Roberta Kaplan is the lead counsel in this case. Kaplan was also lead counsel in United States v. Windsor, the landmark case that struck down sections of the Defense of Marriage Act (DOMA) in a U.S. Supreme Court ruling. Plaintiffs are also represented by Mississippi attorney Robert McDuff of McDuff & Byrd, based in Jackson, Mississippi and Dale Carpenter, the Earl R. Larson Professor of Civil Rights and Civil Liberties Law at the University of Minnesota Law School.

Flanked by plaintiff couples, lead attorney Roberta Kaplan speaks at a press conference after the November 12 hearing in the federal lawsuit challenging Mississippi's same-sex marriage ban.

(Lead attorney Roberta Kaplan speaks at a press conference after the November 12 hearing flanked by the plaintiff couples.)

“As soon as marriages begin, gay Mississippi families will be able to conduct their lives knowing that a safety net of legal protections surrounds them, and knowing that their fundamental dignity has been affirmed by their home state,” said Rev. Jasmine Beach-Ferrara, executive director of the Campaign for Southern Equality.

ThankYouPlaintiffs

“My family is no less a family than any other,” said plaintiff Rebecca Bickett, who has been with her partner, Andrea Sanders, for ten years. The women are mothers to young twin sons. Like many other LGBT families in the state, they have not been able to afford the expenses required to travel out of Misissippi to wed.

Read more about Andrea and Becky.

“It’s time we are able to live with legal protections in our home state,” said plaintiff Jocelyn Pritchett. “We love Mississippi – it is home for us and we have many beautiful friends and family members here. We hope to help create a Mississippi that reflects the hospitality of her people – by creating a legally safe environment for all Mississippi families.”

Read more about Carla and Joce.

Campaign for Southern Equality v. Bryant was filed on October 20 in the Southern District of Mississippi on behalf of two same-sex couples, – Andrea Sanders and Rebecca Bickett, and Jocelyn Pritchett and Carla Webb – and the Campaign for Southern Equality. CSE has been advocating for LGBT equality across Mississippi since 2012 through a series of public actions and is coordinating the public education campaign accompanying the lawsuit.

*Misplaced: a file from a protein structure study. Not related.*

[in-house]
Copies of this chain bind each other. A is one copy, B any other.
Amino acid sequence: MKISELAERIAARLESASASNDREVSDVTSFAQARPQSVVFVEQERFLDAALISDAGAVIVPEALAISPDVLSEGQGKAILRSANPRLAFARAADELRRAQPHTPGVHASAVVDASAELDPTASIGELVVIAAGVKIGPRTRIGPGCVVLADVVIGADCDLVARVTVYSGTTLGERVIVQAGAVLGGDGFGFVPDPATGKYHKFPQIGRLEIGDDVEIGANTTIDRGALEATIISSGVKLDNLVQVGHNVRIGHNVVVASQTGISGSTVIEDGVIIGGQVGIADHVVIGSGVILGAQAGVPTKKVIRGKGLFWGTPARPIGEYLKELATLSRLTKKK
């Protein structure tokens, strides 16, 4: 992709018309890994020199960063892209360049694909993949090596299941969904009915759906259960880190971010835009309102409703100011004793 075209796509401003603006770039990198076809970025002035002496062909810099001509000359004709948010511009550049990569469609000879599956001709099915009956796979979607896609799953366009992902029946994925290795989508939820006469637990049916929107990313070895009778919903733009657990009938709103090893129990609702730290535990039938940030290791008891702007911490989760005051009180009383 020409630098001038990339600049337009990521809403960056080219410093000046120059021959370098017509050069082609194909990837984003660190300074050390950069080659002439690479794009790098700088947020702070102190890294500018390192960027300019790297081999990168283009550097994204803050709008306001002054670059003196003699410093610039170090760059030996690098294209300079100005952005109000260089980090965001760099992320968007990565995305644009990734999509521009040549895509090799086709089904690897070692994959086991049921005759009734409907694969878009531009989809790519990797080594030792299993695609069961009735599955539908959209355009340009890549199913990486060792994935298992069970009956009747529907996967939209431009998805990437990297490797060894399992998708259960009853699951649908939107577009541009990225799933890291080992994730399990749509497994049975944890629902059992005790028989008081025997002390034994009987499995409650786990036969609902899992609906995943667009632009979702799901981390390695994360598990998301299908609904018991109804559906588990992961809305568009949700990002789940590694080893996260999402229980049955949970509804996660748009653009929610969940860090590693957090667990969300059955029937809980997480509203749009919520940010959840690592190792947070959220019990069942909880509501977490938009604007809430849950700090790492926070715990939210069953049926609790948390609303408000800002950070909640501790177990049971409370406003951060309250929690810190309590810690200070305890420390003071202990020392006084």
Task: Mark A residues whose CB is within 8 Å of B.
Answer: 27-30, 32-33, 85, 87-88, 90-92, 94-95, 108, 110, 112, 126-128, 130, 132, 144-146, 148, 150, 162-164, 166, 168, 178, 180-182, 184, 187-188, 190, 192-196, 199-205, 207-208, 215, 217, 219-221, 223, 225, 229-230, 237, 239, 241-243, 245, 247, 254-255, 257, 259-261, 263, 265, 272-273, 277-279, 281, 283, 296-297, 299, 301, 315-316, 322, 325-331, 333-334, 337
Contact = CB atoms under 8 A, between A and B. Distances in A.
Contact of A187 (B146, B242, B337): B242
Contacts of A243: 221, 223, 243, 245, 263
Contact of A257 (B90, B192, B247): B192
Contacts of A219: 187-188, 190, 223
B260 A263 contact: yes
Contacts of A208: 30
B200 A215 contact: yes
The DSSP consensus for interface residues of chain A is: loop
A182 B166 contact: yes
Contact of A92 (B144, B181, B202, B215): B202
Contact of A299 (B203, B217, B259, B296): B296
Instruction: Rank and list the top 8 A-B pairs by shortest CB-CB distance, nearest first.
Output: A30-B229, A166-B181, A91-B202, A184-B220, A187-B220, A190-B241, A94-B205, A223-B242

Amendment One Struck Down in North Carolina

On Friday, October 10 United States District Judge Max O. Cogburn Jr. struck down Amendment One, granting LGBT couples in North Carolina the freedom to marry.

First license

(Amy and Laruen receive the first marriage license granted to an LGBT couple in North Carolina.)

“LGBT families in North Carolina will now be treated as equal under the law in North Carolina –  a day that so many have fought so hard for. For two years too long Amendment One was on the the books, but now we celebrate knowing that this shameful chapter in North Carolina’s history has passed. At the same time we know that you can still be fired simply for being gay in North Carolina. Protection from discrimination in the workplace is the next step in our push for full equality,” says Rev. Jasmine Beach-Ferrara, Executive Director of the Campaign for Southern Equality.

General Synod of the UCC v. Reisinger is the case that won marriage equality in North Carolina and CSE is honored to be part of the team behind this case.

The Campaign for Southern Equality mobilizes people all across the South – from the Gulf Coast of Mississippi to the Piedmont of North Carolina – to stand up and tell our country a new story about the urgent need for full LGBT equality in all spheres of life – employment, housing, health care, family rights and marriage.